The well-established professional TEAM was comprised of assisting professionals, therefore the common attitude included, besides the compulsory pedagogical elements, alternative team organising skills, social competence development if the form of teamwork, professional consultations for preparing and accompanying teamwork, as well as responses, within the framework of individual consultations, to the cases treated within the teamwork.
The harmony within the TEAM increased the efficiency of the work, since each member was aware of the other professionals’ strengths and to which extent they could count on each other.
The community space within the school, as a community room, may easily be established, it does not require any major financial investment. However, the funds provided by a grant gave a good basis for the programme.
However, the programme part which was meant to change perceptions is a long-term investment: on one hand, integrating the assisting professionals’ TEAM into organisational culture takes a long time. On the other hand, the establishment and the integration of an invisible operating order requires a lot of work so that any new member entering the community space can perceive and accept it. The community space as an organisation has to react to the pupils’ needs, to make decisions for the professional TEAM on whether a problem or need can be managed or not, and on the type of intervention on the part of professionals in case of managing it.
Impact of measures taken
The community space has been operating in its current form for five years in this room of the school in each long break (from 10.05 to 10.20 a.m. and from 12.55 to 13.15 ). The pupils have been used to this operating order, if we are unable to open it for some reason, the next time they enquire about the reasons or turn to the professionals on the social networking site. The integration of the community space into school culture can be seen as a primary change.
In our view, the acceptance of an indirect pedagogical work is much lower in an institution with pedagogical vocation, it takes time in each case for the professionals to make it accept that their work complements the school-based instruction and education work with another aspect. Promoting this constitutes a secondary effect of the space. Young people, who are regular “visitors” of the room, of its programmes, and indirectly of the assisting professionals’ work, seek help in problem situations much earlier than their peers who do not use the room, thus preventing more serious problems.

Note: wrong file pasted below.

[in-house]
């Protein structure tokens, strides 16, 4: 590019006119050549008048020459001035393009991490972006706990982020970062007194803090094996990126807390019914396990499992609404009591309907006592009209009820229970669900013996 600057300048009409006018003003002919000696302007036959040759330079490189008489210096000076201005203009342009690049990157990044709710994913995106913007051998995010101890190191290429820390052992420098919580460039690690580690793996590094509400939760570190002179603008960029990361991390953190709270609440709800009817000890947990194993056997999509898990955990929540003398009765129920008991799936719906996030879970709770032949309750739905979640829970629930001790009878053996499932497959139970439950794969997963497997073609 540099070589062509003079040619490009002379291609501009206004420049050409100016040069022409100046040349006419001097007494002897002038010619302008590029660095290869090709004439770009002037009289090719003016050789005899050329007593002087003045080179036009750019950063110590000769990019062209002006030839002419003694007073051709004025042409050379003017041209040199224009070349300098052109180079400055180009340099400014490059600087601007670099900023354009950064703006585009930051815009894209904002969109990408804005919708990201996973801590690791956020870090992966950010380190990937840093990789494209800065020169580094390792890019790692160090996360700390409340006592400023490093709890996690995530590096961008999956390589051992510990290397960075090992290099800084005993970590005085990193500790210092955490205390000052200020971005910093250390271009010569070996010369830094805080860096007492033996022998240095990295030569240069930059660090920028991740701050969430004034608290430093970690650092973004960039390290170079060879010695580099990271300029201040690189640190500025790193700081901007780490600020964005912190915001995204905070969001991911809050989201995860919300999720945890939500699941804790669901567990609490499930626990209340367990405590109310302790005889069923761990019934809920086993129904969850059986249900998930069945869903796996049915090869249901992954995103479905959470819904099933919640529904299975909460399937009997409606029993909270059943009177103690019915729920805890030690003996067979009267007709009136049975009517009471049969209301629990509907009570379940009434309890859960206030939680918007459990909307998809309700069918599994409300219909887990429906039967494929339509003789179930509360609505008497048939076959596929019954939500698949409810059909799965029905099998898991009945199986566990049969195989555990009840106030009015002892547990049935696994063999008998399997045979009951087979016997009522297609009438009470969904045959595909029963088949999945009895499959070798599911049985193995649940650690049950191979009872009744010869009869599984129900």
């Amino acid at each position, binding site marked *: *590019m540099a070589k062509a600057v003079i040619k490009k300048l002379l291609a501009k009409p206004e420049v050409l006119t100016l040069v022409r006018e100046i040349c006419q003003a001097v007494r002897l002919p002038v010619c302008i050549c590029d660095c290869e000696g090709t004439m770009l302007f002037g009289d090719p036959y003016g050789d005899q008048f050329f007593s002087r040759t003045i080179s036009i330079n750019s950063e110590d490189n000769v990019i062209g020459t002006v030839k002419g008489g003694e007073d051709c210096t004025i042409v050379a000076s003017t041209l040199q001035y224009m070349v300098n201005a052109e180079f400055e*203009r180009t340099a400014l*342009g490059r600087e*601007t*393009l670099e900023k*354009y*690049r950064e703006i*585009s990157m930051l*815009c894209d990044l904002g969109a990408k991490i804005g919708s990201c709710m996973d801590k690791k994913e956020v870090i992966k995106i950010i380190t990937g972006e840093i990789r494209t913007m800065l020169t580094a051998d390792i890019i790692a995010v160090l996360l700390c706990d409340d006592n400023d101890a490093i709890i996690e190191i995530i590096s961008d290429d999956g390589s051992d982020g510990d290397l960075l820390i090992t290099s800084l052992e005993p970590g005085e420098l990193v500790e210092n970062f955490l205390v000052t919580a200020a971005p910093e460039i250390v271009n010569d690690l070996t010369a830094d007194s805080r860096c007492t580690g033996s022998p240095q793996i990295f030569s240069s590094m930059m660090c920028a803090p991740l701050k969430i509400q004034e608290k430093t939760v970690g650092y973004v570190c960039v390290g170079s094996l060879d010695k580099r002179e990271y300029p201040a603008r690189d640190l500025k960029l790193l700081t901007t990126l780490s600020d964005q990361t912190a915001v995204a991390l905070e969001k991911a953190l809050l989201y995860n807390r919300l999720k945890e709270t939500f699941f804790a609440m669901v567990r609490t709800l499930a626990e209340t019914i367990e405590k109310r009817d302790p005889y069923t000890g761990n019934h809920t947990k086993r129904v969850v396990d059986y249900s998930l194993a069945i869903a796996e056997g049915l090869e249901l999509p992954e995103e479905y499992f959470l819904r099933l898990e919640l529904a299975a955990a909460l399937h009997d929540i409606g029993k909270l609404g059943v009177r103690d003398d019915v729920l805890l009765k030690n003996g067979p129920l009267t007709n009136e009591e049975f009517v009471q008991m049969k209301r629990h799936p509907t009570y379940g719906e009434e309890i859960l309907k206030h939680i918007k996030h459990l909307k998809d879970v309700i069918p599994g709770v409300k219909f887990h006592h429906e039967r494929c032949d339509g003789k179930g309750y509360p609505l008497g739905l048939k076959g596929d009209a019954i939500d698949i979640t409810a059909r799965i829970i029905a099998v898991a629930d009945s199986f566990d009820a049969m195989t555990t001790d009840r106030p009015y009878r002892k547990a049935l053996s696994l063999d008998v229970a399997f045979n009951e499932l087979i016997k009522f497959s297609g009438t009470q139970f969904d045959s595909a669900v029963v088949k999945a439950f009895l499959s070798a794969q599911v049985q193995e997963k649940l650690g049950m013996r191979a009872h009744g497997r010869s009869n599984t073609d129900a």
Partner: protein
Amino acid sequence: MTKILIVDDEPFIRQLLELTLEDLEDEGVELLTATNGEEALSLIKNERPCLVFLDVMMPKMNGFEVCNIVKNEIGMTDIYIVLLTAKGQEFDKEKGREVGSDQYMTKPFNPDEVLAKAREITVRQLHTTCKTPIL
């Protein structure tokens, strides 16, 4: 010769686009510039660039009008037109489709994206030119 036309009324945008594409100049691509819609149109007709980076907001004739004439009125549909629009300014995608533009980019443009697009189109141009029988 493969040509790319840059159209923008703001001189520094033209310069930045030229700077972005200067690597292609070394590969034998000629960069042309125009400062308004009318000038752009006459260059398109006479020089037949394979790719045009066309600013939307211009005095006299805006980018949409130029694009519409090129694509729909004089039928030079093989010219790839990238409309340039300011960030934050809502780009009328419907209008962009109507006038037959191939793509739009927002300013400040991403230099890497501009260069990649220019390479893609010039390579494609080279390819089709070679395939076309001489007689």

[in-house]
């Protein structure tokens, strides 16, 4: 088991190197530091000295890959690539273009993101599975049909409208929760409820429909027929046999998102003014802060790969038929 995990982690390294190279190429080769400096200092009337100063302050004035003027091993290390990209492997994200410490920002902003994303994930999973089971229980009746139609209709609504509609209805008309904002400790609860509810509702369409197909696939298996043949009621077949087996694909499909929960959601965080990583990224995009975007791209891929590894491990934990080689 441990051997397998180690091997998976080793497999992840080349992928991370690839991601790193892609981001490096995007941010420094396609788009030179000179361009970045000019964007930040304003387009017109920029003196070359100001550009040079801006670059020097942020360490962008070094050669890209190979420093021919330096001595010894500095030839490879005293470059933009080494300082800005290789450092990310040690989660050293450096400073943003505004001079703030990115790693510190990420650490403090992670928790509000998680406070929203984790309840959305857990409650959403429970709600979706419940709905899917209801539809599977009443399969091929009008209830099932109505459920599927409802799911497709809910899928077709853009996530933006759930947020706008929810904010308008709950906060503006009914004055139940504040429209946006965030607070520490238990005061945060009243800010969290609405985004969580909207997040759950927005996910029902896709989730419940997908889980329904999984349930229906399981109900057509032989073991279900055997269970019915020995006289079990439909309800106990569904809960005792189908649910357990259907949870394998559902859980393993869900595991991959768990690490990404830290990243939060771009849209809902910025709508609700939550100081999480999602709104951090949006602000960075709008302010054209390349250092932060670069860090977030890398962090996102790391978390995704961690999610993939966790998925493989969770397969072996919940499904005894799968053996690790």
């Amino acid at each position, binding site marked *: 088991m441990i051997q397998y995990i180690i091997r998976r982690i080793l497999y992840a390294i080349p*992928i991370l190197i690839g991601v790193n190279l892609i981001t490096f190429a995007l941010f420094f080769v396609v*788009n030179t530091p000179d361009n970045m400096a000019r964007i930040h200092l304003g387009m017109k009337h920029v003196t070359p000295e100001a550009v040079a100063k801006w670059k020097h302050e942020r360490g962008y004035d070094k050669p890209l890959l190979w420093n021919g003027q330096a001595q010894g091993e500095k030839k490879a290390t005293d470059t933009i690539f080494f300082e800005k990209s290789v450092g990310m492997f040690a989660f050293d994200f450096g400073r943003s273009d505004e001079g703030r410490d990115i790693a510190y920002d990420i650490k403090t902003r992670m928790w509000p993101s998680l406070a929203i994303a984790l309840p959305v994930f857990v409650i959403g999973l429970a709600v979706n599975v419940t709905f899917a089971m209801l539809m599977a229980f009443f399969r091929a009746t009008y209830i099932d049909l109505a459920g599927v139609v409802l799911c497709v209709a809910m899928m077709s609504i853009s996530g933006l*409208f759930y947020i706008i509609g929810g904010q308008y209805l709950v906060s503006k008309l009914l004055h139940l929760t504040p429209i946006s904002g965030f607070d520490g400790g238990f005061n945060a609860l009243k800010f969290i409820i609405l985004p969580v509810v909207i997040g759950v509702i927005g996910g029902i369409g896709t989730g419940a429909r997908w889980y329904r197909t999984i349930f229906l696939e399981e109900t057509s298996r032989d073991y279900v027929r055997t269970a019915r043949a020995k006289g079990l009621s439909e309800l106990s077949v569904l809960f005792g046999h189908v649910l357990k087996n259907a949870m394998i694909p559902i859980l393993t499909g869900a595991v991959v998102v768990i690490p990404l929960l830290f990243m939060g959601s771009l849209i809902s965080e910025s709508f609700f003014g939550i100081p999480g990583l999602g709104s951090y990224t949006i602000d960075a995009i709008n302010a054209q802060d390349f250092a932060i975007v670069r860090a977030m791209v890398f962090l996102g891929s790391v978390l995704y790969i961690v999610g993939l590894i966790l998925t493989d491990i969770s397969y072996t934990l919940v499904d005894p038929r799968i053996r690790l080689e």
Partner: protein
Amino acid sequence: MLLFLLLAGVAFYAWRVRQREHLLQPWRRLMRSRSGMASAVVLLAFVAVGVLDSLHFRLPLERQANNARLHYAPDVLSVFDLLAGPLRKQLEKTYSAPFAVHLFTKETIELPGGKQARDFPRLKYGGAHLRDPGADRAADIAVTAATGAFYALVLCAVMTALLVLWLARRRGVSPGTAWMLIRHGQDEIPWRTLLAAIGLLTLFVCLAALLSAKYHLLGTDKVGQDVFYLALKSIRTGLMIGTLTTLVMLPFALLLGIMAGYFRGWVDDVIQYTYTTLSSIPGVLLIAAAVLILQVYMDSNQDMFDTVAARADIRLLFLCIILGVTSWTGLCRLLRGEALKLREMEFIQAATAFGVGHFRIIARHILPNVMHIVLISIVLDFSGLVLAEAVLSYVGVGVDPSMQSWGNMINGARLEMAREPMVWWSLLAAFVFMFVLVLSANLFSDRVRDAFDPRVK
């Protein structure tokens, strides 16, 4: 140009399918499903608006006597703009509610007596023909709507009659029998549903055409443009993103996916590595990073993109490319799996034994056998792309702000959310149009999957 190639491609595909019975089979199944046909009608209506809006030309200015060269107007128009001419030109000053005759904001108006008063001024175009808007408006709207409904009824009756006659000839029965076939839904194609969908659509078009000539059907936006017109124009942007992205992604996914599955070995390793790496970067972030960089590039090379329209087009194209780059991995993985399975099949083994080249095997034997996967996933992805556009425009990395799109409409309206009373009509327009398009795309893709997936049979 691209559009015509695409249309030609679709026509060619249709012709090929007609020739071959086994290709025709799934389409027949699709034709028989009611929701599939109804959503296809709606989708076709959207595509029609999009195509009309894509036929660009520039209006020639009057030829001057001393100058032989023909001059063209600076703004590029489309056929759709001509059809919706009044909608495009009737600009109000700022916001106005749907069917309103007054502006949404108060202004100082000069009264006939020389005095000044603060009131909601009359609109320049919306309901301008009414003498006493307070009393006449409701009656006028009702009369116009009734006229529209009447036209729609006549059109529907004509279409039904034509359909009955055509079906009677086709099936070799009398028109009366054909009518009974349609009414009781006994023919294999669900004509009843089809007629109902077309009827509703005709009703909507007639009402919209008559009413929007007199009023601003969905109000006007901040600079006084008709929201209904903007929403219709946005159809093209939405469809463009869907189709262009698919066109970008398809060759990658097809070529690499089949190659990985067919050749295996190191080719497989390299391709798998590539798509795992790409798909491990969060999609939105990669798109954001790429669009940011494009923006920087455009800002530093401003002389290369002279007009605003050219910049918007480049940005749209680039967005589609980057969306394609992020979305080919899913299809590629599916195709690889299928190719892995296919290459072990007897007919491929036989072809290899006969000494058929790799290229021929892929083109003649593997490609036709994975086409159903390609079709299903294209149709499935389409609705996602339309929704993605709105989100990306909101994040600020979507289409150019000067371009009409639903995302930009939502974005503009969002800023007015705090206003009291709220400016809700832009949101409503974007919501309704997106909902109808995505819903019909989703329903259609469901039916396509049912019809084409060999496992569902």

However, not only the students, but also the colleagues become beneficiaries of the space and the assisting work, through the conduct of the students, on one hand, and because using the space as a recompense expands the toolbox for motivating the students, on the other hand.
Space’s third major benefit is harm reduction itself. Students who use the community space during the breaks, get an opportunity to let out their tension accumulated during the lessons, on one hand, and find an inclusive peer community, on the other hand. Thirdly, they spend their free time in a meaningful way during the two long breaks (which take 35 minutes altogether),which they would otherwise spend less constructively. (In the period before opening the space, the rate of smoking and the related physical damages had increased in our school. On one hand, the programme has somewhat separated the smoking and non-smoking population of our school has given a meaningful goal to aimless young people who were loafing about, and has become an attractive and worthy alternative to smoking for young people otherwise smokers).
As regards the development of the community space, the first element is the decision made by the management to employ assisting professionals working in a TEAM, and to support their work with a competent managerial attitude and presence, providing them professional autonomy.
Besides this, it is necessary to integrate the professionals and the programme into the teaching staff who have an insight into the operating rules and the goals of the community space and who respect those rules and goals in doing their work. Failing this, the school as an organisation pushes out everything that does not belong to it. So these are pre-requisites. There are no other risks in the programme, it can be introduced without any major risk.
In the initial stage of the programme the working group on public culture operating at that time applied for less than one million HUF (appr. 3000 EUR),half of which was dedicated to the establishment of the community space. It included everything from the design of the room to the equipment to be acquired (a foosball table, a snooker table, beanbag chairs). Later on, in a subsequent year, another foosball table was acquired from a donation by the school foundation, and other armchairs, suitable for seating, were also placed into the room, thanks to other donations.
Besides the existing professionals, the programme does not require major investment; easily accessible space of suitable dimensions need to be designated with its operating hours when its supervision can be ensured. This can also be aligned to the resources (specifically to the time, the energy, the enthusiasm of the professionals),so the programme is very flexible in this sense.
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Target group of good practice:
Ybl Miklós Secondary Vocational School and Grammar School Specialised in Construction